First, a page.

Hey hey `font-display`


Y’all know about font-display? It’s pretty great. It’s a CSS property that you can use within @font-face blocks to control how, visually, that font loads. Font loading is really pretty damn complicated. Here’s a guide from Zach Leatherman to prove it, which includes over 10 font loading strategies, including strategies that involve critical inline CSS of subsets of fonts combined with loading the rest of the fonts later through JavaScript. It ain’t no walk in the park.

Using font-display is kinda like a walk in the park though. It’s just a single line of CSS. It doesn’t solve everything that Zach’s more exotic demos do, but it can go a long way with that one line. It’s notable to bring up right now, as support has improved a lot lately. It’s now in Firefox 58+, Chrome 60+, Safari 11.1+, iOS 11.3+, and Chrome on Android 64+. Pretty good.

What do you get from it? The ability to control FOUT and FOIT as is right for your project, two things that both kinda suck in regards to font loading. We’ve got a couple posts on it around here:

  • font-display for the Masses by Jeremy Wagner
  • If you really dislike FOUT, font-display: optional might be your jam by me


FOUT = Flash of Unstyled Text
FOIT = Flash of Invisible Text

Neither is great. In a perfect world, our custom fonts just show up immediately. But since that’s not a practical possibility, we pick based on our priorities.

The best resource out there about it is Monica Dinculescu’s explainer page:

i’d summarize those values choices like this:

  • If you’re OK with FOUT, you’re probably best off with font-display: swap; which will display a fallback font fairly fast, but swap in your custom font when it loads.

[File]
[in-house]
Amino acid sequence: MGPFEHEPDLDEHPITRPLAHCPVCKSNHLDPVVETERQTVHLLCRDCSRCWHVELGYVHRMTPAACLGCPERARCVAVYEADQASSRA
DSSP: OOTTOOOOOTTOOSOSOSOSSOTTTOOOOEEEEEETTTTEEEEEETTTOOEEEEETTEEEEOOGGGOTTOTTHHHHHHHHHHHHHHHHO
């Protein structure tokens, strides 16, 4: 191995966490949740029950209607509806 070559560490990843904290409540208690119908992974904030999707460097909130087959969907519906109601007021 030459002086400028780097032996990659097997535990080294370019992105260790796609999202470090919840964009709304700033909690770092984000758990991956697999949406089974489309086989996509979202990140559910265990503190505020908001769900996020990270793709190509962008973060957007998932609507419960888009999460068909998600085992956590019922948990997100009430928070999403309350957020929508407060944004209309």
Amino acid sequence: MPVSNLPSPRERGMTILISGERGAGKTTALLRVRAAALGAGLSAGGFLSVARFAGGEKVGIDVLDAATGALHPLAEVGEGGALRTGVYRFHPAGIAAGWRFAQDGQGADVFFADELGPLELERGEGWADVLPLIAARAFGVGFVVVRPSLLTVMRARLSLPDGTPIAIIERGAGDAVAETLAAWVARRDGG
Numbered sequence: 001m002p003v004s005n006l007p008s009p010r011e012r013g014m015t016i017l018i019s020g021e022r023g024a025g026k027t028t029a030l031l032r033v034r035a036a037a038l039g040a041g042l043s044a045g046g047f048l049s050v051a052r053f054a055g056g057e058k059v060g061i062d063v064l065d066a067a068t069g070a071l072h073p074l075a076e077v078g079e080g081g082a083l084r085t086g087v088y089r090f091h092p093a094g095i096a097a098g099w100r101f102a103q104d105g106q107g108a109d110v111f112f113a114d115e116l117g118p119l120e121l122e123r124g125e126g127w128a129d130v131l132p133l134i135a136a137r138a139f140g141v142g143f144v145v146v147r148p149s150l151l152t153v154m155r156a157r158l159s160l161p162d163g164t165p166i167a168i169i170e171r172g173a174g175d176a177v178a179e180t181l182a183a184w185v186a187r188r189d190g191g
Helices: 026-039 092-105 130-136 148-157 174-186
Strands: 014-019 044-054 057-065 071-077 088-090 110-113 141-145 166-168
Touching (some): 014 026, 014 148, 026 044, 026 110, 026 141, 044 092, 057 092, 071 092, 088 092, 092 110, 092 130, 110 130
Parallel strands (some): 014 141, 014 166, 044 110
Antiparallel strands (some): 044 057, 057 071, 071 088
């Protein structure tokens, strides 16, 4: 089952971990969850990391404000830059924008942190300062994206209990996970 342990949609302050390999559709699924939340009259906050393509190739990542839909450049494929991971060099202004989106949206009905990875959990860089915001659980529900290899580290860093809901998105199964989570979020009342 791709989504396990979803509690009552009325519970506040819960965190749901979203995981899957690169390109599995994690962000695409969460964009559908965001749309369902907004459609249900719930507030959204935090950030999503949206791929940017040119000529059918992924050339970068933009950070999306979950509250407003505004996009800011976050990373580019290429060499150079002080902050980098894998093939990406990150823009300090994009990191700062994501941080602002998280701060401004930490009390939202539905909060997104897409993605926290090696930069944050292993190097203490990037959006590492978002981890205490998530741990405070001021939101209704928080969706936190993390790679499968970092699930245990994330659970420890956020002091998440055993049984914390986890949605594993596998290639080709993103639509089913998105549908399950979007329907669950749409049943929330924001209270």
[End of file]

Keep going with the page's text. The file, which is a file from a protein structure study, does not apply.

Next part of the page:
• If you’re OK with FOIT, you’re probably best off with font-display: block; which is fairly similar to current browser behavior, where it shows nothing as it waits for the custom font, but will eventually fall back.
  • If you only want the custom font to show at all if it’s there immediately, font-display: optional; is what you want. It’ll still load in the background and be there next page load probably.

Those are some pretty decent options for a single line of CSS. But again, remember if you’re running a major text-heavy site with custom fonts, Zach’s guide can help you do more.

I’d almost go out on a limb and say: every @font-face block out there should have a font-display property. With the only caveat being you’re doing something exotic and for some reason want the browser default behavior.

Wanna hear something quite unfortunate? We already mentioned font-display: block;. Wouldn’t you think it, uh, well, blocked the rendering of text until the custom font loads? It doesn’t. It’s still got a swap period. It would be the perfect thing for something like icon fonts where the icon (probably) has no meaning unless the custom font loads. Alas, there is no font-display solution for that.

And, hey gosh, wouldn’t it be nice if Google Fonts allowed us to use it?